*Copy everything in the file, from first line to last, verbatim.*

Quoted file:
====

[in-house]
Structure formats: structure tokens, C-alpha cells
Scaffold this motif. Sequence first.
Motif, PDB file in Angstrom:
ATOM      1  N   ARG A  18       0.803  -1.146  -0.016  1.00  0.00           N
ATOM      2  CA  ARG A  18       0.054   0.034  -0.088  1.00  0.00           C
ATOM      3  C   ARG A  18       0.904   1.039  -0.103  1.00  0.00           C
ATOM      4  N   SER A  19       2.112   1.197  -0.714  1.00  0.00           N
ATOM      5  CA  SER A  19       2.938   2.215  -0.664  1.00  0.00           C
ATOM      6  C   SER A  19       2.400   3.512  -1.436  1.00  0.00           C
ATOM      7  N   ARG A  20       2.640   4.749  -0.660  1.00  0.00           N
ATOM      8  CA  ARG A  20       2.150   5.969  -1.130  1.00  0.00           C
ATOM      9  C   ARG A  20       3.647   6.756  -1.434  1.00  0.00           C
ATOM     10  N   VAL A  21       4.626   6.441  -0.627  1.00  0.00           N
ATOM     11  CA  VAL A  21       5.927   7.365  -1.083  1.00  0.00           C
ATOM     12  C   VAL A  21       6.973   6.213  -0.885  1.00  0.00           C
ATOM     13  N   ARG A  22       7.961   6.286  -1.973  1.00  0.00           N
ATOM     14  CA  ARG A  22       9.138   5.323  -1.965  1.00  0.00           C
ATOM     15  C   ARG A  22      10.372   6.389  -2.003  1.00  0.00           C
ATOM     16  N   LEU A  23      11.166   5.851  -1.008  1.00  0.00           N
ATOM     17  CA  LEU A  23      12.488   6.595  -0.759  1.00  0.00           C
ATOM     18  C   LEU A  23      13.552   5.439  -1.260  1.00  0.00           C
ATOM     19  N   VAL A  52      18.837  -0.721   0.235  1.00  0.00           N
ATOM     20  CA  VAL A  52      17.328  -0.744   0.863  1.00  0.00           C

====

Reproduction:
[in-house]
Structure formats: structure tokens, C-alpha cells
Scaffold this motif. Sequence first.
Motif, PDB file in Angstrom:
ATOM      1  N   ARG A  18       0.803  -1.146  -0.016  1.00  0.00           N
ATOM      2  CA  ARG A  18       0.054   0.034  -0.088  1.00  0.00           C
ATOM      3  C   ARG A  18       0.904   1.039  -0.103  1.00  0.00           C
ATOM      4  N   SER A  19       2.112   1.197  -0.714  1.00  0.00           N
ATOM      5  CA  SER A  19       2.938   2.215  -0.664  1.00  0.00           C
ATOM      6  C   SER A  19       2.400   3.512  -1.436  1.00  0.00           C
ATOM      7  N   ARG A  20       2.640   4.749  -0.660  1.00  0.00           N
ATOM      8  CA  ARG A  20       2.150   5.969  -1.130  1.00  0.00           C
ATOM      9  C   ARG A  20       3.647   6.756  -1.434  1.00  0.00           C
ATOM     10  N   VAL A  21       4.626   6.441  -0.627  1.00  0.00           N
ATOM     11  CA  VAL A  21       5.927   7.365  -1.083  1.00  0.00           C
ATOM     12  C   VAL A  21       6.973   6.213  -0.885  1.00  0.00           C
ATOM     13  N   ARG A  22       7.961   6.286  -1.973  1.00  0.00           N
ATOM     14  CA  ARG A  22       9.138   5.323  -1.965  1.00  0.00           C
ATOM     15  C   ARG A  22      10.372   6.389  -2.003  1.00  0.00           C
ATOM     16  N   LEU A  23      11.166   5.851  -1.008  1.00  0.00           N
ATOM     17  CA  LEU A  23      12.488   6.595  -0.759  1.00  0.00           C
ATOM     18  C   LEU A  23      13.552   5.439  -1.260  1.00  0.00           C
ATOM     19  N   VAL A  52      18.837  -0.721   0.235  1.00  0.00           N
ATOM     20  CA  VAL A  52      17.328  -0.744   0.863  1.00  0.00           C